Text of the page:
In an interview with Tony Featherstone, veteran director David Crawford argues that age or length of service should not be disqualifying criteria for people in a particular job.

    The 37th floor of Allens’ Melbourne office seems an apt place to interview one of Australia’s great company directors, David Crawford AO FAICD. The law firm’s foyer, once dark, closed-in and wood-panelled, is now a bright, open space featuring contemporary art.

    The stunning transformation is a reminder of the evolution in Australian governance: from an old-fashioned, conservative club-like “firm” to a modern, open, interesting space. A place where the old meets the new and where intense focus and debate on governance is producing world-class results.

    “Australia is now at the forefront of governance changes that are taking place worldwide,” says Crawford. “We have traditionally punched above our weight in terms of governance and financial reform, and now Australian boards are right up there with the world’s best.”

    Crawford has had, and continues to have, an important role in Australian governance. The Lend Lease Group chairman and BHP Billiton director is among the most influential non-executive directors in Australia and a central figure in the Melbourne governance community.

    Crawford also chairs Australian Pacific Airports Corporation and is a member of the advisory boards of Allens, stockbroker Evans & Partners and Bank of America Merrill Lynch. He is also the former chairman of beverage company Foster’s Group and National Foods, and a former Westpac director.

    Crawford’s governance influence has extended far beyond business over the years. He previously chaired The Australian Ballet, was vice-president of the Melbourne Cricket Club and a longstanding chairman of the prestigious Scotch College Council. The former KPMG national partner and chairman also led the federal government-appointed Australian Soccer Review Committee (which led to the formation of Football Federation Australia), conducted reviews of the Australian Football League (the Crawford Report) and the Australian Cricket Board, and chaired the federal government’s committee for The Future of Sport in Australia report.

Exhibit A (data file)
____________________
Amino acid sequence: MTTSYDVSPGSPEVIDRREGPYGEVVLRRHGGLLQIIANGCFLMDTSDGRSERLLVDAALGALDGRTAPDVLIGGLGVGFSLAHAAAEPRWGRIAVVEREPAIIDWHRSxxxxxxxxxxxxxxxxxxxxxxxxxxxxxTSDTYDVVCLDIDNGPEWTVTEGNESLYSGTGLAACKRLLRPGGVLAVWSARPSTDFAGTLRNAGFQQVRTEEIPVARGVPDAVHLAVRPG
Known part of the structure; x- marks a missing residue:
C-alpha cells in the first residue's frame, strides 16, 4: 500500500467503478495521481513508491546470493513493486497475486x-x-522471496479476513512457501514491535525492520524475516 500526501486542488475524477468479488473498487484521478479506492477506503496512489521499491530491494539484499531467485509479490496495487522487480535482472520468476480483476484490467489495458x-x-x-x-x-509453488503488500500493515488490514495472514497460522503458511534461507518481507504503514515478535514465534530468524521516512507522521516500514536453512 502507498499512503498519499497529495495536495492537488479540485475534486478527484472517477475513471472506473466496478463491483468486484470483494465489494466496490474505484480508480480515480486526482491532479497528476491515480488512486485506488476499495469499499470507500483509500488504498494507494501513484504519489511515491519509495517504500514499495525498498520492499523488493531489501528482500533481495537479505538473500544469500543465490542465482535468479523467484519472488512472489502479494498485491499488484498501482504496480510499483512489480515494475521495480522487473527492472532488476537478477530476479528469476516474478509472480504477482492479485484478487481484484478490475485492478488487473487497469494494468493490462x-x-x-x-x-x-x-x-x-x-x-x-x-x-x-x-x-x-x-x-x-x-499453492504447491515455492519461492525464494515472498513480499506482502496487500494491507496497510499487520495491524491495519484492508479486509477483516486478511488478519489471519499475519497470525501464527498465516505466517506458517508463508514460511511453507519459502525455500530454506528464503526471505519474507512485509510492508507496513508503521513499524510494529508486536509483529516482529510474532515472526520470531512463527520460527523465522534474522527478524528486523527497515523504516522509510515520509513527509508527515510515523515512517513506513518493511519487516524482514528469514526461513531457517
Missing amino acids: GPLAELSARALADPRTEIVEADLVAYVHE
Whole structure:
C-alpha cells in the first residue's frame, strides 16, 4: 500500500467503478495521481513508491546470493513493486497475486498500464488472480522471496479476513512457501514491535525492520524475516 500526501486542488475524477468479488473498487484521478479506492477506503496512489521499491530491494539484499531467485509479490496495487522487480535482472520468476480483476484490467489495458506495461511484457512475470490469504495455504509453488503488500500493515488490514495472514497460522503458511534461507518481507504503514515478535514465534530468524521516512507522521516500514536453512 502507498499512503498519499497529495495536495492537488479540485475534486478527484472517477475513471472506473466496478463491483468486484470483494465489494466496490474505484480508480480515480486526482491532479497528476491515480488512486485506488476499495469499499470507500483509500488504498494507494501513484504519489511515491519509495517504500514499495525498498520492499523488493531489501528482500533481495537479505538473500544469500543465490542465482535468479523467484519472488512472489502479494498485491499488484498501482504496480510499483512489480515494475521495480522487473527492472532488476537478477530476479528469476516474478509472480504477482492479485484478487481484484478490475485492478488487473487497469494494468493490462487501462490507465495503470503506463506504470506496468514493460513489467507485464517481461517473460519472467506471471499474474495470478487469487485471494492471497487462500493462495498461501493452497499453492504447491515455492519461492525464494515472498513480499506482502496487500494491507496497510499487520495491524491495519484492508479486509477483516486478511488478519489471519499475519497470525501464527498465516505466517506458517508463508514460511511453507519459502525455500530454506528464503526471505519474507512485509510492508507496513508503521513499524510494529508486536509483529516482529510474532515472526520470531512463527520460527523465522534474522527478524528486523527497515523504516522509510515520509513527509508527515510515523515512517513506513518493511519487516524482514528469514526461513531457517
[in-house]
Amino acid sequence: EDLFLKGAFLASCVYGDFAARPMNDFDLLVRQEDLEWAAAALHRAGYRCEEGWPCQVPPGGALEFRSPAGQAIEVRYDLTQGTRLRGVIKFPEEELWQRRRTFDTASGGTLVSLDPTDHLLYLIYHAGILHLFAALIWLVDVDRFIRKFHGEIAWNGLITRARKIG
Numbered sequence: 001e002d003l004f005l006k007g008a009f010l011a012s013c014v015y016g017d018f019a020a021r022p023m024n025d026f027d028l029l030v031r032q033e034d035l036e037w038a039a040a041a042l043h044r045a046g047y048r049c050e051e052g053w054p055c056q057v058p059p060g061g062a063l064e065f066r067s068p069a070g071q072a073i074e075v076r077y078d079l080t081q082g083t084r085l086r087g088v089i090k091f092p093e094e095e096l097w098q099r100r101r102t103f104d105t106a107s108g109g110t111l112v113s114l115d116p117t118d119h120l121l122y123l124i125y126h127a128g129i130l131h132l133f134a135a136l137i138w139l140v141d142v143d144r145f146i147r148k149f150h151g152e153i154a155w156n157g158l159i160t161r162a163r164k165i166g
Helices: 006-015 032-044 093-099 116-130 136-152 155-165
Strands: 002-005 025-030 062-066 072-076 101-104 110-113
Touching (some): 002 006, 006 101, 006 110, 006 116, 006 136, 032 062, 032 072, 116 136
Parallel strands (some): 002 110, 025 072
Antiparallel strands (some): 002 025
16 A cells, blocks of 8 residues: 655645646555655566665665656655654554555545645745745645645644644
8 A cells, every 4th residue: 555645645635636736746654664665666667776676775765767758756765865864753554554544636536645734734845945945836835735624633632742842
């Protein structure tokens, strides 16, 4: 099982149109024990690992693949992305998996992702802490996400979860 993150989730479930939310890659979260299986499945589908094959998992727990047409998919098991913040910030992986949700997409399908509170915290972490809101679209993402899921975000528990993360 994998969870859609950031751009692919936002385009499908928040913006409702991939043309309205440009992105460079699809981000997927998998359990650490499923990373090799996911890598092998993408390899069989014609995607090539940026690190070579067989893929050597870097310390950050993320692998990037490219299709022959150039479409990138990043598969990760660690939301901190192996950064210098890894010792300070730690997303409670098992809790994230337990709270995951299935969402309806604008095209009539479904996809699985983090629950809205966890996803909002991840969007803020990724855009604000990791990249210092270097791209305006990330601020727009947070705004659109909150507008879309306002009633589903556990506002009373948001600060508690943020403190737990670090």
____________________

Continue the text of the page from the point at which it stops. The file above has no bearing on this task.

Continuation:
Few directors in Australia have had such deep governance experience across as many sectors or have given as much back to business and the community over so many years. Crawford’s 19-year tenure as a BHP director, a sore point among some critics, best illustrates his contribution.

    Crawford does not look back. His biggest contribution to governance and Australian business is arguably still ahead: as part of an elite group of directors who help develop the next generation; as a strong, respected voice for the governance community on policy issues; and as a considered view when governance fashion and fads, or one-size-fits-all approaches, are thrust
    on boards.

    Crawford has his detractors. Some quarters of the media criticised him and other directors, including his colleague Don Argus AC FAICD, for attacking proxy advisory firms at the release of Australian Institute of Company Directors research in 2011. Proxy advisers recommended against Lend Lease’s 2009 remuneration report and a year earlier against the re-election of David Ryan, Crawford’s former KPMG colleague, for re-election to the Lend Lease board. Ryan chaired the failed childcare group ABC Learning.

    Lend Lease also attracted media criticism for retaining KPMG as its external auditor for 55 years. The construction group put its audit to tender last year, under the oversight of Alan Cameron AO FAICD, the former chairman of the Australian Securities and Investments Commission. KPMG won the tender.

    Crawford’s tenure on the BHP board, well beyond the three or four three-year terms that most boards specify, has also attracted media criticism. Crawford’s re-election to the BHP board last year was supported by proxy advisers and his length of service, on one of Australia’s most effective and distinguished boards over the past decade, speaks for itself.

    Crawford will retire from the BHP board later next year after 20 years – a loss to those shareholders who value the benefit of having directors who have governed through several mining cycles and who are capable of understanding large, complex global businesses.

    Critics also point to Crawford’s chairmanship of Foster’s Group during its ill-fated $3.8 billion acquisition of wine group Southcorp in 2005.

    In today’s governance fishbowl, intense scrutiny comes with the territory for high-profile directors. To his credit, Crawford has resisted some governance trends that are not in the best interests of stakeholders.

    “Boards have to judge each situation on its merits and resist the temptation to change things for change’s sake,” he says. “I have never believed that age or length of service should be disqualifying criteria for people in a particular job.”